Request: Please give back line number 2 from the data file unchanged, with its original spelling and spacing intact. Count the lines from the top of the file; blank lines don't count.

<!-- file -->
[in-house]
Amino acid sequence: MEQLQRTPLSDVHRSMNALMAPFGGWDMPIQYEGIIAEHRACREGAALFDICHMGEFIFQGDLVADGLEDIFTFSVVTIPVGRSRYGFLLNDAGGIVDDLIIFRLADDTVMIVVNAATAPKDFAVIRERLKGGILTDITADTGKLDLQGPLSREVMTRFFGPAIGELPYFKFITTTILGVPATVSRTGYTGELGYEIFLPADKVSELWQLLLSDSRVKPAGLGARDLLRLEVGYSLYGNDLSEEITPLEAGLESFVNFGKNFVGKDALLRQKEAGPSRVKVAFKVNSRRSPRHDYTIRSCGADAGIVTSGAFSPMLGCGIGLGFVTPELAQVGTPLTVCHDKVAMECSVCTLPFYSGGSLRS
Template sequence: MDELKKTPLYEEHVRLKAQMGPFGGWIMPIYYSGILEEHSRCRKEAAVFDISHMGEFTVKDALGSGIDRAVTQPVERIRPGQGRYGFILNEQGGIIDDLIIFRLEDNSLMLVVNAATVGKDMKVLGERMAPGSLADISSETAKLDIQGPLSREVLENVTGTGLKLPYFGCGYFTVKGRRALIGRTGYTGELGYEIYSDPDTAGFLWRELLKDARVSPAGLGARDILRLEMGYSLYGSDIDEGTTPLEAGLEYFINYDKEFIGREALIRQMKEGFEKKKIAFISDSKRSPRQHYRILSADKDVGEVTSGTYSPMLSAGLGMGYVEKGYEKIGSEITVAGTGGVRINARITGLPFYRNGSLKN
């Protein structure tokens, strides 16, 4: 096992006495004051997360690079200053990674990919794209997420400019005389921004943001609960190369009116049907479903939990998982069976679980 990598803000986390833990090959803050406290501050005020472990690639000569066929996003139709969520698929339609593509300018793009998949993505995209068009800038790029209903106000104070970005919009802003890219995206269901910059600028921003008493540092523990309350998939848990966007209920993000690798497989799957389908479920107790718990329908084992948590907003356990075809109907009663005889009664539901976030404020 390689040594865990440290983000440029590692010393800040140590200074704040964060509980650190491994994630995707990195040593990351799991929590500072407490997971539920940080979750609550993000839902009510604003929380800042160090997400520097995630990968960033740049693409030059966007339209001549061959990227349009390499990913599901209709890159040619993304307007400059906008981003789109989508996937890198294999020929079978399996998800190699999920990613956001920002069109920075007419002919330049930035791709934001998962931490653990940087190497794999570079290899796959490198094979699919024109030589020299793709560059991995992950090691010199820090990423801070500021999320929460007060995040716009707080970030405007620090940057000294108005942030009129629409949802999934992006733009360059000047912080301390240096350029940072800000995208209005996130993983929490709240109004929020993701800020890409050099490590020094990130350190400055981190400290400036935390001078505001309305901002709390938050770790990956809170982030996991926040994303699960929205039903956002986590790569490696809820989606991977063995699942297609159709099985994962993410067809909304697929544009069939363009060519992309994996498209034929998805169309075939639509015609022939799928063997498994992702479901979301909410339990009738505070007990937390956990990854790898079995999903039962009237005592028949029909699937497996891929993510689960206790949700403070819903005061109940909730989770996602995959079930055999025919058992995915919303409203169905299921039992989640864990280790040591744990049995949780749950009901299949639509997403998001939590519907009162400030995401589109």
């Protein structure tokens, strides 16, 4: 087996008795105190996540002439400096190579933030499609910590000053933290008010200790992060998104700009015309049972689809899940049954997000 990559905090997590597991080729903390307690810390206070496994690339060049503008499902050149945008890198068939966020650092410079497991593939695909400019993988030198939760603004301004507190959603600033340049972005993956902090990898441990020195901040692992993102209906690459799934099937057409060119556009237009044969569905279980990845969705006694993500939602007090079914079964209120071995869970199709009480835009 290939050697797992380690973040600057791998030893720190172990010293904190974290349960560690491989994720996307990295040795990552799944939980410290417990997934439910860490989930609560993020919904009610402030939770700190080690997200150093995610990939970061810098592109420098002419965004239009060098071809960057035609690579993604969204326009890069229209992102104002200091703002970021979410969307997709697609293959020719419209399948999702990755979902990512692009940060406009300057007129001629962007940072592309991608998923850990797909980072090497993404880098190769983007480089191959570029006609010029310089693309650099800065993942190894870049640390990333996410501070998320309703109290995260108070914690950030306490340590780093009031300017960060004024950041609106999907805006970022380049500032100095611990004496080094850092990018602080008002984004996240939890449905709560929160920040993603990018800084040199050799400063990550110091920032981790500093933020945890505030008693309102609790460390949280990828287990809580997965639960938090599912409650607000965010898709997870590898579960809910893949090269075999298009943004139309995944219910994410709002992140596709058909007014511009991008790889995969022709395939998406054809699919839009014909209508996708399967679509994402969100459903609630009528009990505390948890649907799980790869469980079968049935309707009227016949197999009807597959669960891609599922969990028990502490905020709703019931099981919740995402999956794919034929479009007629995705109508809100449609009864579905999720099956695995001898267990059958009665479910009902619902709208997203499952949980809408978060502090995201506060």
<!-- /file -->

Amino acid sequence: MEQLQRTPLSDVHRSMNALMAPFGGWDMPIQYEGIIAEHRACREGAALFDICHMGEFIFQGDLVADGLEDIFTFSVVTIPVGRSRYGFLLNDAGGIVDDLIIFRLADDTVMIVVNAATAPKDFAVIRERLKGGILTDITADTGKLDLQGPLSREVMTRFFGPAIGELPYFKFITTTILGVPATVSRTGYTGELGYEIFLPADKVSELWQLLLSDSRVKPAGLGARDLLRLEVGYSLYGNDLSEEITPLEAGLESFVNFGKNFVGKDALLRQKEAGPSRVKVAFKVNSRRSPRHDYTIRSCGADAGIVTSGAFSPMLGCGIGLGFVTPELAQVGTPLTVCHDKVAMECSVCTLPFYSGGSLRS